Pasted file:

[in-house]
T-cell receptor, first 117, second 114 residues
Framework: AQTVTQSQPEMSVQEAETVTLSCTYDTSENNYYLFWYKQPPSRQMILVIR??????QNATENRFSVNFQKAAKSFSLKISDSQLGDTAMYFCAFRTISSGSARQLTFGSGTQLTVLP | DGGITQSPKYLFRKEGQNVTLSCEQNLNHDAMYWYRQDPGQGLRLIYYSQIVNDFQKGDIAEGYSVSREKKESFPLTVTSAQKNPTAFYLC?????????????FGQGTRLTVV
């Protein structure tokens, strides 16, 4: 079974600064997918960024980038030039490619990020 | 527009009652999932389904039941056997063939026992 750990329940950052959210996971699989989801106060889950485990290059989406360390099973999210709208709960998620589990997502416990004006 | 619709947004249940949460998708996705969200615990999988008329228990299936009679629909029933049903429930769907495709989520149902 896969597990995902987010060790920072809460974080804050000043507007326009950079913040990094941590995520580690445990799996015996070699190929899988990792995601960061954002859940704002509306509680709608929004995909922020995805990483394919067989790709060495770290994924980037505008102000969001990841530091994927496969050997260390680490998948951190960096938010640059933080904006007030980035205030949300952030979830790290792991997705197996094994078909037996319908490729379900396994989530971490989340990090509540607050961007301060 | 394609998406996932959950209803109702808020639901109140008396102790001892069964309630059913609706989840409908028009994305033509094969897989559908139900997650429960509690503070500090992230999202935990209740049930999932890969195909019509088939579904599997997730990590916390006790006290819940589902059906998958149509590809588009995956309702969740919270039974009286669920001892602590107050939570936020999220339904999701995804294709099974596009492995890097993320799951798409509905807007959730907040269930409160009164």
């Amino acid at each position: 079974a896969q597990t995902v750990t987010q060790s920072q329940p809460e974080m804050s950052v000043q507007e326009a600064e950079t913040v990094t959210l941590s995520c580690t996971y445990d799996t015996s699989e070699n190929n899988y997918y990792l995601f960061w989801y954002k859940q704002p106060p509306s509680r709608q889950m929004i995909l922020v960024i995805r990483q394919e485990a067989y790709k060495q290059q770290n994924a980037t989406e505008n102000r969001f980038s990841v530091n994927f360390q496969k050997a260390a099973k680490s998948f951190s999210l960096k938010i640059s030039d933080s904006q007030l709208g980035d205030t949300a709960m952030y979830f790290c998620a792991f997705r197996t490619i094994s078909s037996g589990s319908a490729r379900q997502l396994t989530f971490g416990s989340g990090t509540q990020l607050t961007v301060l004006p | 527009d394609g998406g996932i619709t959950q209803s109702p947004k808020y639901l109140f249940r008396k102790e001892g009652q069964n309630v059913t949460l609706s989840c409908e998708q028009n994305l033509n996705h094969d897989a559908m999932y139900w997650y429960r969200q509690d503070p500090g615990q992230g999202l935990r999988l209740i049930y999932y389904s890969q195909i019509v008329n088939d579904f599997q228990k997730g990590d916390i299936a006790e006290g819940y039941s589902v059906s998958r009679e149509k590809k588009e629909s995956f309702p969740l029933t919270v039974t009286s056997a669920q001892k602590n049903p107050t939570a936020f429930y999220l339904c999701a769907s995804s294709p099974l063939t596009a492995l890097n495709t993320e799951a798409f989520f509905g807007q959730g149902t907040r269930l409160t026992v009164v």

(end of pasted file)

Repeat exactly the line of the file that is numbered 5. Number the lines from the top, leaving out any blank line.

């Amino acid at each position: 079974a896969q597990t995902v750990t987010q060790s920072q329940p809460e974080m804050s950052v000043q507007e326009a600064e950079t913040v990094t959210l941590s995520c580690t996971y445990d799996t015996s699989e070699n190929n899988y997918y990792l995601f960061w989801y954002k859940q704002p106060p509306s509680r709608q889950m929004i995909l922020v960024i995805r990483q394919e485990a067989y790709k060495q290059q770290n994924a980037t989406e505008n102000r969001f980038s990841v530091n994927f360390q496969k050997a260390a099973k680490s998948f951190s999210l960096k938010i640059s030039d933080s904006q007030l709208g980035d205030t949300a709960m952030y979830f790290c998620a792991f997705r197996t490619i094994s078909s037996g589990s319908a490729r379900q997502l396994t989530f971490g416990s989340g990090t509540q990020l607050t961007v301060l004006p | 527009d394609g998406g996932i619709t959950q209803s109702p947004k808020y639901l109140f249940r008396k102790e001892g009652q069964n309630v059913t949460l609706s989840c409908e998708q028009n994305l033509n996705h094969d897989a559908m999932y139900w997650y429960r969200q509690d503070p500090g615990q992230g999202l935990r999988l209740i049930y999932y389904s890969q195909i019509v008329n088939d579904f599997q228990k997730g990590d916390i299936a006790e006290g819940y039941s589902v059906s998958r009679e149509k590809k588009e629909s995956f309702p969740l029933t919270v039974t009286s056997a669920q001892k602590n049903p107050t939570a936020f429930y999220l339904c999701a769907s995804s294709p099974l063939t596009a492995l890097n495709t993320e799951a798409f989520f509905g807007q959730g149902t907040r269930l409160t026992v009164v």